Stanford University Medical Center Bans Treatment of State’s Sickest Children

A recent San Francisco Chronicle investigation found that Stanford University’s John Muir Medical Center in Walnut Creek was barred from treating the most seriously ill children in California.

Regulators working with the California Department of Health Services have charged 47 violations at the center, and the pediatric intensive care unit (PICU) at the center, which is affiliated with Stanford Medicine Children’s Health, has been removed from California. Prohibited from treating patients covered by State Children’s Services (CCS). CCS is a public health program, and since 2017 he was the first to be certified for the treatment of patients associated with CCS, it has increased PICU profits.

State regulators investigated the PICU following a series of investigations into the deaths of four pediatric patients by the Chronicle, which the Chronicle claims were preventable. According to the Chronicle report, one family involved in the lawsuit against John Muir said the center took over operations on his daughter Ailee John because it “improved the hospital’s reputation, made money, and turned the medical center into a big business in the Bay.” It was to bring it into the league,” he said. A local children’s hospital. ”

John Muir’s PICU opened in 2015 in partnership with Stanford Medicine Children’s Health. According to the Chronicle, the John family lawsuit alleges that John Muir falsely claimed that his company’s pediatric program was equivalent to that of Stanford University.

According to a media statement by Ben Drew, director of public affairs at John Muir Health, “The findings of CCS are administrative updates to documents, policies and procedures, and more than a dozen of the findings have been published by us. had been resolved before the report was received.” CCS did not identify any concerns about the quality of care provided to patients. We will continue to admit and treat patients who require pediatric intensive care unit level care. ”

“We are confident that the corrective action plan submitted by May 16 will be approved and we will continue to operate the Pediatric Intensive Care Unit as a CCS-accredited program,” Drew wrote.

According to the Chronicle, regulators said John Muir’s PICU was one of only four state-approved PICUs that “never met the 350-patient threshold” and They found that the number of cases fluctuated between about 240 and 320. Its PICU has only eight beds, making it difficult to draw conclusions about the overall quality of patient care at the hospital.

Another lawsuit filed by former doctor Alicia Calamas, M.D., alleges that the hospital put profits ahead of patient safety and ignored red flags she raised about the risks of surgery. According to the Chronicle, in the lawsuit, Karamas told hospital executives that they were educating about the constipation caused by prescription painkillers after surgery and that the hospital’s procedures for providing medication were lacking, as an investigation found. He said he was treated as a troublemaker by others.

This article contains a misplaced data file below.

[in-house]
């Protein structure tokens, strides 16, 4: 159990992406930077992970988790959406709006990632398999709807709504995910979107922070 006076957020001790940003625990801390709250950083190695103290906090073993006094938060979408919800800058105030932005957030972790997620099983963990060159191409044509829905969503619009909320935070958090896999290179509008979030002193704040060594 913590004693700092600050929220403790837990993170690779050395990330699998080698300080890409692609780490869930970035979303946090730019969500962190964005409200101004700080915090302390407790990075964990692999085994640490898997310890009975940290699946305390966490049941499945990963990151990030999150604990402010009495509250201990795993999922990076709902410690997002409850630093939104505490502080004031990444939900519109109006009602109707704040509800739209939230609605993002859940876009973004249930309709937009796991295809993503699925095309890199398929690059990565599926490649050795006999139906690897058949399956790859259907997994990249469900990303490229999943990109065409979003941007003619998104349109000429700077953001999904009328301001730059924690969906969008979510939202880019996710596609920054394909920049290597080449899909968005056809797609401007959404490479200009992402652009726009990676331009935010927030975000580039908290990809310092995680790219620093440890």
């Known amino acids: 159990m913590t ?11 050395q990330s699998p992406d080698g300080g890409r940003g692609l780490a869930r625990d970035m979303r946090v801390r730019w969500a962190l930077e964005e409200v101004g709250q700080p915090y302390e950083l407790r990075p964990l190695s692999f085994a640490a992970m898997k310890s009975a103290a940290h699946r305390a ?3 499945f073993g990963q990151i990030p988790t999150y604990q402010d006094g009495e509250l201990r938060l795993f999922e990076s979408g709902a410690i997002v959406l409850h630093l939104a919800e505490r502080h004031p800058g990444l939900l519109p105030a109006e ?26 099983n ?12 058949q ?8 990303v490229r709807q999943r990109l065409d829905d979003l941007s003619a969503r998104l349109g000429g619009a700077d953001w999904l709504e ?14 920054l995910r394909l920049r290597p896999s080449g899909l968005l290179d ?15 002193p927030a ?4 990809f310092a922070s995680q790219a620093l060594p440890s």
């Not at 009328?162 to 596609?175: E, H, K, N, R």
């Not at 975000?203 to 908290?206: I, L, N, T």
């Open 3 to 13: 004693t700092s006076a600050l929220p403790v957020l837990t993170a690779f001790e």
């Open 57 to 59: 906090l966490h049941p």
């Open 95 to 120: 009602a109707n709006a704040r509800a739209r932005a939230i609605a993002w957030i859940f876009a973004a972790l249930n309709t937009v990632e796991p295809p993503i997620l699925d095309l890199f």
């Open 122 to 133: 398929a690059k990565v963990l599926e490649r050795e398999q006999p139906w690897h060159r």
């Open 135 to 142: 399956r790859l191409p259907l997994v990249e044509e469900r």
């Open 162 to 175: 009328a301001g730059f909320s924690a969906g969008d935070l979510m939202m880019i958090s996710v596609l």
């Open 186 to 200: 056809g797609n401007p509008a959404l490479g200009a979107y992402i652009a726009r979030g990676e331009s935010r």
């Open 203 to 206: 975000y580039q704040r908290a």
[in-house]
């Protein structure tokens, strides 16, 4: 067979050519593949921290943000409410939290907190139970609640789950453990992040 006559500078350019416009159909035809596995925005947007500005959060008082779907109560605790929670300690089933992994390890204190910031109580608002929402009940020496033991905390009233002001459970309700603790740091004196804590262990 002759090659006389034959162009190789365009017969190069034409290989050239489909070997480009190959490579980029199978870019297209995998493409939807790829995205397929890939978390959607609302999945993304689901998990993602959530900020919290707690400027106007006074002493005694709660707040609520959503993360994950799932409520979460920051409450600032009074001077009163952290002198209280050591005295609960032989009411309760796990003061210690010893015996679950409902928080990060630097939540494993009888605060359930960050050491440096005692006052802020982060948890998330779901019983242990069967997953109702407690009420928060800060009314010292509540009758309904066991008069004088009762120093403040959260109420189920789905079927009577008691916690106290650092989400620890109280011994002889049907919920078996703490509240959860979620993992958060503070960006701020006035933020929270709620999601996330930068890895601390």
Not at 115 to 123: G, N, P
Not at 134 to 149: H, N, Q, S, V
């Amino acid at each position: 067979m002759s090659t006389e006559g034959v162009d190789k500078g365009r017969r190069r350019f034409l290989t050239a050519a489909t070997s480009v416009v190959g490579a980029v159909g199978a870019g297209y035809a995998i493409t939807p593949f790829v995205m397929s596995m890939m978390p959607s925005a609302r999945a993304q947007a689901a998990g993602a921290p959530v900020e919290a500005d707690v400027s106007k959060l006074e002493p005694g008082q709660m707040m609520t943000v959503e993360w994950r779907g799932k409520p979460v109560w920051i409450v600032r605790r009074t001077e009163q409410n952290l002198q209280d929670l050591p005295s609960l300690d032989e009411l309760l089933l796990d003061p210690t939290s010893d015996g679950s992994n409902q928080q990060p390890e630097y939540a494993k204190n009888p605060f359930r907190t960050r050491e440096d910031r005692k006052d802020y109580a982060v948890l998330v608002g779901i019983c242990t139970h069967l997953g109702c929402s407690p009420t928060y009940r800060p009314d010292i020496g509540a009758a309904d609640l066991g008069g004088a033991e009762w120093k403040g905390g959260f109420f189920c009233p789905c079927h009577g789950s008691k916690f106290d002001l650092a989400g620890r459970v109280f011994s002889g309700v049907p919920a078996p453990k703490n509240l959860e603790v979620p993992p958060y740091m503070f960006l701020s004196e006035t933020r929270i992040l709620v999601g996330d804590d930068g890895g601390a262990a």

Questions were also raised about the quality of care at John Muir after a report from the federal Centers for Medicare and Medicaid Services earlier this year revealed serious problems in the PICU. The Chronicle reported that federal health regulators threatened to cut federal Medicare funding to the hospital because of “the potential for substandard care to continue undetected.”

This isn’t the first time Stanford University’s affiliated hospitals have been publicly accused of failing to prevent a pediatric patient’s death. A 2015 Vox study on how to deal with central line infections detailed the story of Nora Bostrom, whose family said medical workers at Lucille Packard Children’s Hospital could prevent Bostrom’s death. argues that it is possible.

John Muir Health is a non-profit organization that operates hospitals in both Walnut Creek and Concord. The hospital in Walnut Creek is a “community hospital.” This means that it does not have the large patient populations and extensive care capabilities of academic centers and children’s hospitals. Federal regulators also pointed out that hospital authorities have not established procedures for transferring patients needing extended care, according to the Chronicle.

Stanford Medicine Children’s Health, widely recognized as a top medical institution, has partnered with John Muir Health for more than 10 years, and John Muir hosts medical professionals and other resources. The partnership between the two facilities was recently extended through 2032 to “continue to meet the needs of East Bay patients.”

“We continue to work with the John Muir Department of Health and look forward to working with the California Department of Health Services on their findings and recommendations,” said Elizabeth Valente, media and public relations manager for Stanford University’s Department of Child Health, in a statement. There are,” he said.

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